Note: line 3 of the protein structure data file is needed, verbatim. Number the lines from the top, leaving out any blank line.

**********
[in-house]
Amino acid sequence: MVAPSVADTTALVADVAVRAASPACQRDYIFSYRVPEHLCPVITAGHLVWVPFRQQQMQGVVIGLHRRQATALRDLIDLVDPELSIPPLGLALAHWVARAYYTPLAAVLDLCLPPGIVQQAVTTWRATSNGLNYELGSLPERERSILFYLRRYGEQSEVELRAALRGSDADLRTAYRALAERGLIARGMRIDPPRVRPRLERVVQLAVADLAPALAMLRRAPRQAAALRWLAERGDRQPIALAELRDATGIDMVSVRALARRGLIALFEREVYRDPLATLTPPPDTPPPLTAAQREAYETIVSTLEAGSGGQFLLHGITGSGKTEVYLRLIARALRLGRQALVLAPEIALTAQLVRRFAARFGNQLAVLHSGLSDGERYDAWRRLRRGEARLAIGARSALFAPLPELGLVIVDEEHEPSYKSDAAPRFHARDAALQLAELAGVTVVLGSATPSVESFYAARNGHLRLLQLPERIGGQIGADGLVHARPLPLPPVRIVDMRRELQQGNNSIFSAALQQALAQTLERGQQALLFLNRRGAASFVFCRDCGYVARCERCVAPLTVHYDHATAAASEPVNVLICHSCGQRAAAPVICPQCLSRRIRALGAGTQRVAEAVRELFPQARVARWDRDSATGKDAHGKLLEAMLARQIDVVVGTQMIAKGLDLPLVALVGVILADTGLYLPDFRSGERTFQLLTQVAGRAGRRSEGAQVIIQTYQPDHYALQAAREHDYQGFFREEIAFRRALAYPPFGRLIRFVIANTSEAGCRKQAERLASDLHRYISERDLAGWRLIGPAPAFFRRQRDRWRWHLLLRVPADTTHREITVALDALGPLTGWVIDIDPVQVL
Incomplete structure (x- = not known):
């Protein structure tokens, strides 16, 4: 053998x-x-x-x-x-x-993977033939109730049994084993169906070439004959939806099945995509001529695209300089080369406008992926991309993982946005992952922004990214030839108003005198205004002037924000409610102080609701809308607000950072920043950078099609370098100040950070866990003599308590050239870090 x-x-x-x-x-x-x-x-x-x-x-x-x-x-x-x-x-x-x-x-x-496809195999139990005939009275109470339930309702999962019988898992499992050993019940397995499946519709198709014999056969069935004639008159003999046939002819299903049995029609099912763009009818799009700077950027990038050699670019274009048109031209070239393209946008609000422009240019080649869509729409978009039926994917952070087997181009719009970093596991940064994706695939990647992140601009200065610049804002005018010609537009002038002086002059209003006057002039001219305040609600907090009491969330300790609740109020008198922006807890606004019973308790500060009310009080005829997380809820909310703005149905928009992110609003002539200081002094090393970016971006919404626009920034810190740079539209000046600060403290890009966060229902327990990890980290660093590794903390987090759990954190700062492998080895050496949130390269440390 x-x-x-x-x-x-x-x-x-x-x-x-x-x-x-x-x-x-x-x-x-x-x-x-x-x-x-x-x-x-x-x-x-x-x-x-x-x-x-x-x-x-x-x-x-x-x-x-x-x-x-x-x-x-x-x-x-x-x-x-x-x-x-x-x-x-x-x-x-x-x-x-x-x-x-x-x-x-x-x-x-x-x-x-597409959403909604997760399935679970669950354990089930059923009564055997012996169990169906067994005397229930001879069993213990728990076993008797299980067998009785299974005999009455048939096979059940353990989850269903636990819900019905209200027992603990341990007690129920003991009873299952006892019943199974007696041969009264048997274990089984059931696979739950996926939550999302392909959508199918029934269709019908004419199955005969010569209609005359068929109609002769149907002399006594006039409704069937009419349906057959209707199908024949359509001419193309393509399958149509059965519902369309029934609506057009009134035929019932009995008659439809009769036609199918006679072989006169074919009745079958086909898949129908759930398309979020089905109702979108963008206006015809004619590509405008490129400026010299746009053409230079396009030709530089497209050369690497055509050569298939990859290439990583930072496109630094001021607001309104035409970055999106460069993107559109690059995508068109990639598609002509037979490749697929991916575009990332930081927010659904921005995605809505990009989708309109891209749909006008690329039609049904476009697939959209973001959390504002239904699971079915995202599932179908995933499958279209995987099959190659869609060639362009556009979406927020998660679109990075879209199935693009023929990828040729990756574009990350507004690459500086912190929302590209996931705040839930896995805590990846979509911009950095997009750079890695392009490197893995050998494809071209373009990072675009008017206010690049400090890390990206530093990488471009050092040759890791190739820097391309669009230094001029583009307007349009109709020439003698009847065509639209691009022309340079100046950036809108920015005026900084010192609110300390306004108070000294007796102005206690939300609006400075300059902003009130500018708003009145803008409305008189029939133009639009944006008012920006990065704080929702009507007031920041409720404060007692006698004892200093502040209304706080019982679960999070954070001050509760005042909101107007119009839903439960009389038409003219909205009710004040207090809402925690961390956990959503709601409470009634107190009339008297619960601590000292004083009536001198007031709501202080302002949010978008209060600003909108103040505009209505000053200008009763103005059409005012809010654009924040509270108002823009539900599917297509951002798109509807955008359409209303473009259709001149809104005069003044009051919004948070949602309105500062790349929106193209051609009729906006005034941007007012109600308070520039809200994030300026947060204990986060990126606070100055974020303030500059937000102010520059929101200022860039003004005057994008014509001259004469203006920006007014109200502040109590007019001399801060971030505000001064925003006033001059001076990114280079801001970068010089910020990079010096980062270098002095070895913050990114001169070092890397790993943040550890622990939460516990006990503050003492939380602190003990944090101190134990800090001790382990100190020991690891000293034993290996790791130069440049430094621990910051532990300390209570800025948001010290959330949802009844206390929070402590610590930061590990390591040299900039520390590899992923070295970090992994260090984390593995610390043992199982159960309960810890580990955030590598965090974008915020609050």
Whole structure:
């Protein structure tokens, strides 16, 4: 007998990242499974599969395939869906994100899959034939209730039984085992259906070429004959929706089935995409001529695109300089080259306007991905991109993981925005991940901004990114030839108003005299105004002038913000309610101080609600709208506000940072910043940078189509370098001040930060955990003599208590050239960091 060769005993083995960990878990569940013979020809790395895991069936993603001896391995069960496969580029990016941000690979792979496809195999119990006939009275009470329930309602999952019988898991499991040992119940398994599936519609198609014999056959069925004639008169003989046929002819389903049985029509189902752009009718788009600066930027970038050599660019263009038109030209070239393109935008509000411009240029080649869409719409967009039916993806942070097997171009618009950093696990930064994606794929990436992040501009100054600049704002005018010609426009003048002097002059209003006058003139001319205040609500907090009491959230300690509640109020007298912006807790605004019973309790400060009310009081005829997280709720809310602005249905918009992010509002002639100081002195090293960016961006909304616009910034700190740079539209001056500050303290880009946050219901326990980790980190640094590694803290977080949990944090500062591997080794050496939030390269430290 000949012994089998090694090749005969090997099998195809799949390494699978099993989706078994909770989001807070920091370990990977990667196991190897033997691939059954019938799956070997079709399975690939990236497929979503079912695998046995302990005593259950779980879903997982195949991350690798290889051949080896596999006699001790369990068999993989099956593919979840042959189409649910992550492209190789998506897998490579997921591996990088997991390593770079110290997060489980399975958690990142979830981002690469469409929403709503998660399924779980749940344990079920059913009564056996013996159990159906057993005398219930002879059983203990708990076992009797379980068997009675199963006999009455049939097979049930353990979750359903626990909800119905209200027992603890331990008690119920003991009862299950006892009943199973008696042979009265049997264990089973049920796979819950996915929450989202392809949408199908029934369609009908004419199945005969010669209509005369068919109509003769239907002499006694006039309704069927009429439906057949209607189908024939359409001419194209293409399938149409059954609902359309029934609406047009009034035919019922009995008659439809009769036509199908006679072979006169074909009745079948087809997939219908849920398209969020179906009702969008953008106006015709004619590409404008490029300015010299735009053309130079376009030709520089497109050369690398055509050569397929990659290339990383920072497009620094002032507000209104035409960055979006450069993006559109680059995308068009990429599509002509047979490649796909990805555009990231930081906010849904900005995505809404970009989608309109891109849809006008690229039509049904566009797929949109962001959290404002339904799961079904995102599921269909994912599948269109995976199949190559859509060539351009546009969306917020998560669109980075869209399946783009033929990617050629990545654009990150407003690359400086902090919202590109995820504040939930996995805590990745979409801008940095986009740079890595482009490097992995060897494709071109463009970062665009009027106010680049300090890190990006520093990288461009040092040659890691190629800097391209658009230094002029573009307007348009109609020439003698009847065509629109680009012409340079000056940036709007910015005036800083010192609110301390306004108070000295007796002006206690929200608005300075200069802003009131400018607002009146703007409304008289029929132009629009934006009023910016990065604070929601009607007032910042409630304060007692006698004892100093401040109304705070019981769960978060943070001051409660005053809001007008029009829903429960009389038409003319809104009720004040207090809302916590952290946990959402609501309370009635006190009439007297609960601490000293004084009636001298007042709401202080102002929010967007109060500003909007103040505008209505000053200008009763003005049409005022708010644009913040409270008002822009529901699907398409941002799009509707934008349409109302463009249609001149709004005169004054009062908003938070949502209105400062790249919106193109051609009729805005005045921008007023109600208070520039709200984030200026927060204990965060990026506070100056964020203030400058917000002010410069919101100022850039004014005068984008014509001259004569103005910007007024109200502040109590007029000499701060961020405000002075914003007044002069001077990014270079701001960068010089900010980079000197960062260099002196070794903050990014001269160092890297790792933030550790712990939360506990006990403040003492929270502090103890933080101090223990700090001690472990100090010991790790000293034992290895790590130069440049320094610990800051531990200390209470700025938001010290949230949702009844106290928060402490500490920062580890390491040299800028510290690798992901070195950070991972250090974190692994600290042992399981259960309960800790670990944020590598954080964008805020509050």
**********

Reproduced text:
Incomplete structure (x- = not known):